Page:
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Old 03-11-2014, 03:37 PM   #1
junior-s
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Mixing Debian Stable with Testing = Really that danger?


Hello,

I was using Arch, but due to it's common complications I've decided to use Debian Stable.
It would be the perfect system, but it doesn't have Steam on it's repos. So I decided to try SteamOS, but it's performance makes me wanna cry.

I tested this method and it works pretty nice! It just pulls some dependencies from Testing, such as libc6 for example.

But, as many here might know, people in the Debian forums tend to be very rude when questions like this are raised, specially the moderators. So I came here to know your opinion on this.

Is it really that bad? Should I dual-boot Stable with Testing? Will I be fine using the method I linked?

Regards,

Jr.

Last edited by junior-s; 03-12-2014 at 08:58 PM.
 
Old 03-11-2014, 08:21 PM   #2
Knightron
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Debian stable is not designed to be mixed with the other versions of Debian. It is possible though. If you know what you're doing and don't mind compromising your system then go ahead and do as you like, it's your computer. I suggest an alternative path though. Consider using Mepis. It's based off Debian stable yet many packages are updated within the third party repos.

Finally i'd like to add the reason people get very pissy about mixing repos. If you can deal with the consequences, then no one really cares. The issue is it is not a promoted thing to do by Debian because no one has tested the results. Noobs do it to upgrade foo package, and it works, but later on they end up with a broken system due to an incompatible upgrade, and then they go to the forums and either complain "I though Debian's supposed to be stable!" or they ask for help.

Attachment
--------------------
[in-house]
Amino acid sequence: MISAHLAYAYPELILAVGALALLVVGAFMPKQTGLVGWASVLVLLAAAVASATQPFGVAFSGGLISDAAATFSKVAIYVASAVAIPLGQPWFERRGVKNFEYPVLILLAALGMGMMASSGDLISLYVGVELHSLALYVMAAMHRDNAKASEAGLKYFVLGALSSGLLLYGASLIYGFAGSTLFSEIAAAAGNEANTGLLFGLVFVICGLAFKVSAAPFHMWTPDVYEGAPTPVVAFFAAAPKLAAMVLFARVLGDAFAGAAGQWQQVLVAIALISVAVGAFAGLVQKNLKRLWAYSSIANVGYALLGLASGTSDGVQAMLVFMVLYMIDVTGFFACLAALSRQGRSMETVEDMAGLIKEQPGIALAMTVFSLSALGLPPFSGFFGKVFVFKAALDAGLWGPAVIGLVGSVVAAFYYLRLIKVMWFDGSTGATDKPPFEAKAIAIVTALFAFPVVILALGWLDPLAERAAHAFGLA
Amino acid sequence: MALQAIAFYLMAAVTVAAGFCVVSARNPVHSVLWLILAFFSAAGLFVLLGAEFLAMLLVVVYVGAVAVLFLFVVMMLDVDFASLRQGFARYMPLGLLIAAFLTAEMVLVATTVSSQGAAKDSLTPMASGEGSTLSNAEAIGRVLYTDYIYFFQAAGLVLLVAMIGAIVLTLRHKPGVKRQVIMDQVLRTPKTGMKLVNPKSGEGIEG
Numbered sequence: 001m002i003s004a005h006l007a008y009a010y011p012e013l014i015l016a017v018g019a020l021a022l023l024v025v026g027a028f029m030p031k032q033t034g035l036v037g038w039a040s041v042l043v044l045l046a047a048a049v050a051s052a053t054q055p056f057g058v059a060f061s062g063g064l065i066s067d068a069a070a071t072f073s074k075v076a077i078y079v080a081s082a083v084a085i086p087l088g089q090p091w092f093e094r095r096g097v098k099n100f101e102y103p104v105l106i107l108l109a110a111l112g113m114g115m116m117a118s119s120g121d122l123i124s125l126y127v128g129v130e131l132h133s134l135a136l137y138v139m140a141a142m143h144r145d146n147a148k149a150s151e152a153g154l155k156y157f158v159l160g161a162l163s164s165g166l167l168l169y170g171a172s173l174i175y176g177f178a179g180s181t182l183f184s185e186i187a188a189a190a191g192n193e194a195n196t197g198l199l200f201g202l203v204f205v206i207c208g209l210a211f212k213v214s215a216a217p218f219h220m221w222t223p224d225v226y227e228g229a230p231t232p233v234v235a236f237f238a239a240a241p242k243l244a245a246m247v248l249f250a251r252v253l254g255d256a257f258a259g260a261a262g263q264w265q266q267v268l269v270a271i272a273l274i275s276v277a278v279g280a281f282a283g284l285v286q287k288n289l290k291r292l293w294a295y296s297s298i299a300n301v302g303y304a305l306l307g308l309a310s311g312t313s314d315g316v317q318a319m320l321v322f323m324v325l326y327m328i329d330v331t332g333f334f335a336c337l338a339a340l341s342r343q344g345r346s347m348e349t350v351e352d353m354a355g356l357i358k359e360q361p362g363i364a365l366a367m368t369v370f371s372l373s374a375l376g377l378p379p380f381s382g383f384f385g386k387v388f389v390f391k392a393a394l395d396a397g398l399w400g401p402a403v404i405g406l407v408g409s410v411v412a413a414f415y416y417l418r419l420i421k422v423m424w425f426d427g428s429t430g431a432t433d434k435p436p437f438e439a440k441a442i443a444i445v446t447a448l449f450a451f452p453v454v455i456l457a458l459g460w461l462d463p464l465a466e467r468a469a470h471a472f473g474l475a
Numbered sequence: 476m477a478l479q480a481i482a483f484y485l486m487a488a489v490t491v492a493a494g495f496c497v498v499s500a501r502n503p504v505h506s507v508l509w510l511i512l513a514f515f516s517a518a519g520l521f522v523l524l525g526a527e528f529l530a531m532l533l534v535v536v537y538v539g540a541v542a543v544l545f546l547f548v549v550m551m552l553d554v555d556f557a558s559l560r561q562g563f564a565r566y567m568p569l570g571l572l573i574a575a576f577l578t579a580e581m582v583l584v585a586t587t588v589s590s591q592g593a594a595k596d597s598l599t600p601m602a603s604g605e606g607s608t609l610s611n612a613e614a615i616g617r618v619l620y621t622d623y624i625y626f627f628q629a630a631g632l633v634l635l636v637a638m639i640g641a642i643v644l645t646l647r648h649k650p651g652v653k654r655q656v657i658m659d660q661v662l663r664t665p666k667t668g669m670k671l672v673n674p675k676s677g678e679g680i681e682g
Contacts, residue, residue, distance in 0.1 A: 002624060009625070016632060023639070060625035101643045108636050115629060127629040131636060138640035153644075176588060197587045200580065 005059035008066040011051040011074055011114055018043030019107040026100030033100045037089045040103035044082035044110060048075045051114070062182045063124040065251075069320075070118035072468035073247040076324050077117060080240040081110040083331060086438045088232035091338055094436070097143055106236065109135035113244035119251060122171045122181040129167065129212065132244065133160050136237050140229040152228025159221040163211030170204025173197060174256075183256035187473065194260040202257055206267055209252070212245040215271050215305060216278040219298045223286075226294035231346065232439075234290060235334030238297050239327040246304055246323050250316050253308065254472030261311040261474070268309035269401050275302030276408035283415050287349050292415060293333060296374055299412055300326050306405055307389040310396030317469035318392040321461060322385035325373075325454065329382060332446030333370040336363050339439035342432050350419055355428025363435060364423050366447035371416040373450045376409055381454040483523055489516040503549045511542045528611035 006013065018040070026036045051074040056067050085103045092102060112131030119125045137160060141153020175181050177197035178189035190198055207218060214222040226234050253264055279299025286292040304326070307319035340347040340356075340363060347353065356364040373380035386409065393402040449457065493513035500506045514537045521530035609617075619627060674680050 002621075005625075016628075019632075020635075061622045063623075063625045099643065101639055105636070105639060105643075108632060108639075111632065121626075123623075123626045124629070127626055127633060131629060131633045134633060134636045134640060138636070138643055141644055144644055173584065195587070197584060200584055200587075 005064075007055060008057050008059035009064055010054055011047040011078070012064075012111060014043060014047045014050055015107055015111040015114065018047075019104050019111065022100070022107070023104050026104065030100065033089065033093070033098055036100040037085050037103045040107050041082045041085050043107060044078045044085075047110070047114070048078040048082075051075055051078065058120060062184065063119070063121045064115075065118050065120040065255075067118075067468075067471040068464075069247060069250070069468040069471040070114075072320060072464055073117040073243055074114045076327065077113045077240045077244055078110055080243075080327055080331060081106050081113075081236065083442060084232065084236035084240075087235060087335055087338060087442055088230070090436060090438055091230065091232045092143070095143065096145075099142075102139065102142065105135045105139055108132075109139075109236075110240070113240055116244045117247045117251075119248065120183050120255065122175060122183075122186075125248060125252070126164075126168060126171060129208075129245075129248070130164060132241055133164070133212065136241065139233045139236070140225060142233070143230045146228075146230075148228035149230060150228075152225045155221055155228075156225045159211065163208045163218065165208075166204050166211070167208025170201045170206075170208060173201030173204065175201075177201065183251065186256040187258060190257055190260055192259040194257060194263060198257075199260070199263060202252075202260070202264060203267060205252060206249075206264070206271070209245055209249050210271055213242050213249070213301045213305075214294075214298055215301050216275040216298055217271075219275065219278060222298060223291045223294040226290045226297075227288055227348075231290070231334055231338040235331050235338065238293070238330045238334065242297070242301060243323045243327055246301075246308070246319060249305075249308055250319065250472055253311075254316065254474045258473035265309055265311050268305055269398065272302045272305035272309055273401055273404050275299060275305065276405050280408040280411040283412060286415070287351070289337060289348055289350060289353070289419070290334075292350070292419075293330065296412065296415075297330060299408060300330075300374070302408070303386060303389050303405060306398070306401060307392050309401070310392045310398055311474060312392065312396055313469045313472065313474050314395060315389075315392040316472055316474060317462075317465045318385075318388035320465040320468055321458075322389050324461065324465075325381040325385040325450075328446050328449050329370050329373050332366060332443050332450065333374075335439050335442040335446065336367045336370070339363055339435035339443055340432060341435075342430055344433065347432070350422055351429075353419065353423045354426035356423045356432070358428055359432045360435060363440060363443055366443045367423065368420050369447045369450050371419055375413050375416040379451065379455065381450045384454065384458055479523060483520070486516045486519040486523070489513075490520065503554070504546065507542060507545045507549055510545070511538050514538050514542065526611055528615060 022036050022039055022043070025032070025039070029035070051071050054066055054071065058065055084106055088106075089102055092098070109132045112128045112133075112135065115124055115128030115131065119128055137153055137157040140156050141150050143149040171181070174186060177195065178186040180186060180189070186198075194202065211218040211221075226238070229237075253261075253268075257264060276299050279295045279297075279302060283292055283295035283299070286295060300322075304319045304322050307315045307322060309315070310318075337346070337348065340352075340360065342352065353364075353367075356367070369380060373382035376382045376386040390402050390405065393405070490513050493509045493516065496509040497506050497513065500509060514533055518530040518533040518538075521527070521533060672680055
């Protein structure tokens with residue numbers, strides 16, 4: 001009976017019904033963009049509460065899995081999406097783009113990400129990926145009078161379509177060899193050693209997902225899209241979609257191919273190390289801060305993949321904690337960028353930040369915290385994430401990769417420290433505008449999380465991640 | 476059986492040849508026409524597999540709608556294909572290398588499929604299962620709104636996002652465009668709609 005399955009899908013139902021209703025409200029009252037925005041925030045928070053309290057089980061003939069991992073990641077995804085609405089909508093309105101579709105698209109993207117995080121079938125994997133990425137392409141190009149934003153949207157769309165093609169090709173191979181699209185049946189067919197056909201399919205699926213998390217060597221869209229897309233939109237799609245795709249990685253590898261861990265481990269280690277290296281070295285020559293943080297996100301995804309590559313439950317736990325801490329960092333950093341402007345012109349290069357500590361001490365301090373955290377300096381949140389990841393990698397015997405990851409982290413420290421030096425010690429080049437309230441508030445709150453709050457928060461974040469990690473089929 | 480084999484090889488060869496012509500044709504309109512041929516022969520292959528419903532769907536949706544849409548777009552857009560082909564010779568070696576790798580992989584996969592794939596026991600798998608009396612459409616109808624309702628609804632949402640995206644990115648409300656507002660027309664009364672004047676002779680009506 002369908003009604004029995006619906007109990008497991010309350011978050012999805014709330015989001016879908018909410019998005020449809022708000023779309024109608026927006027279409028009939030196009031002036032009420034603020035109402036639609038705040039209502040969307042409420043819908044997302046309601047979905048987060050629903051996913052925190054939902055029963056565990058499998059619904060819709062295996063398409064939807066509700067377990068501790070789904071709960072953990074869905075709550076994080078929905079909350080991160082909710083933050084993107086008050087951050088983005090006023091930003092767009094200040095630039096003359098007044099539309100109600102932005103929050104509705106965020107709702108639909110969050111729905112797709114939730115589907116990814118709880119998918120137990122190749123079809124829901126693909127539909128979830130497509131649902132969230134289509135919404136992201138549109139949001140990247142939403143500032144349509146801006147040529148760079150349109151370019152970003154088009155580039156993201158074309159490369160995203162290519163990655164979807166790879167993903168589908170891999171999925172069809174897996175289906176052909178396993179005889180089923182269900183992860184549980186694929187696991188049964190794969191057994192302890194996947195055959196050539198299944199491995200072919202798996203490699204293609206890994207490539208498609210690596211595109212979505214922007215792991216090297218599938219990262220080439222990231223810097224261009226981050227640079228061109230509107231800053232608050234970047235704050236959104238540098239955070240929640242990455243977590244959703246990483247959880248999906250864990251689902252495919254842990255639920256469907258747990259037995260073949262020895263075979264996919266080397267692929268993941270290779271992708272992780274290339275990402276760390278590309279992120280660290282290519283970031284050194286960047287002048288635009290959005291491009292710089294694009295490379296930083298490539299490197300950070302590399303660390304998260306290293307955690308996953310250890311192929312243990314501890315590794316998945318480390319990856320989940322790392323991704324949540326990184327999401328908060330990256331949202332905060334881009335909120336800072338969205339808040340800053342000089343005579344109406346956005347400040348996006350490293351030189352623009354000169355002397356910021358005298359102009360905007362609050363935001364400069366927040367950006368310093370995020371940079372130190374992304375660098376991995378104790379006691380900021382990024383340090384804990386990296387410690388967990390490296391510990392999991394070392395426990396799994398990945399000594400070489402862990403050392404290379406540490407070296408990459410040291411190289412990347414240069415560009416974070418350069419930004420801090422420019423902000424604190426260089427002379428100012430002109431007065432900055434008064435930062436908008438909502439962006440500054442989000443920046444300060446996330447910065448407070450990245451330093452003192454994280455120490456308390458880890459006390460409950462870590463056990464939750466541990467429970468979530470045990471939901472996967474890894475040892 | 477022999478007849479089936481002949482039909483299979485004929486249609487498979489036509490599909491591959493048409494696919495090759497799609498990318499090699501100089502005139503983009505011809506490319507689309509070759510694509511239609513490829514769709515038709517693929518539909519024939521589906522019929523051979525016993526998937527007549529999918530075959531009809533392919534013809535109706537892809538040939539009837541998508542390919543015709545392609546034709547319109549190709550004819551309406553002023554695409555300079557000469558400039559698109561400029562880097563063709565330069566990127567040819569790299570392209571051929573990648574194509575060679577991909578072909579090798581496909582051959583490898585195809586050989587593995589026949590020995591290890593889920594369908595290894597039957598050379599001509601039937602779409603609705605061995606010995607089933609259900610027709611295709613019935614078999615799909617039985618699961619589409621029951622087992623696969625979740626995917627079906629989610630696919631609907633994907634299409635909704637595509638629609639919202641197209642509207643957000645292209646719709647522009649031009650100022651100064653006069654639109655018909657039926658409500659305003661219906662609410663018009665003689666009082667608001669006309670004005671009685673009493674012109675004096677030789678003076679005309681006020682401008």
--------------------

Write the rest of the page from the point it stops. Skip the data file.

Complaining is simply obnoxious because they weren't using Debian stable, they were using an unsupported mixed system. Asking for help shouldn't even be needed. If you need help, then you obviously aren't experienced enough to have been mixing repos to begin with. No one can help because they don't actually know what's in your system causing issues.

Take a look at Mepis, i'd guess it would be the best option for you.
p.s.
I love Opensuse, what's wrong with it? I see you're using it.

Last edited by Knightron; 03-11-2014 at 08:21 PM. Reason: spelling error
 
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Old 03-12-2014, 12:12 AM   #3
k3lt01
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Have you tried using stable-backports?
If you really must mix stable and testing I, personally, would apt pin the testing packages that I needed and all other testing packages give a priority of 0.
 
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Old 03-12-2014, 01:34 PM   #4
junior-s
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Quote:
Originally Posted by k3lt01 View Post
Have you tried using stable-backports?
If you really must mix stable and testing I, personally, would apt pin the testing packages that I needed and all other testing packages give a priority of 0.
Unfortunately Steam is not backported. As a developer said, "it's not backported because it requires a version of libc6 that will never enter Stable."

Is pinning safer than the method I linked?
 
Old 03-12-2014, 02:22 PM   #5
jdkaye
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Is there any reason why you don't simply use Debian testing (now called "Jessie")? That would be the most obvious and the simplest answer to your question.
jdk
 
Old 03-12-2014, 02:49 PM   #6
junior-s
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Quote:
Originally Posted by Knightron View Post
Debian stable is not designed to be mixed with the other versions of Debian. It is possible though. If you know what you're doing and don't mind compromising your system then go ahead and do as you like, it's your computer. I suggest an alternative path though. Consider using Mepis. It's based off Debian stable yet many packages are updated within the third party repos.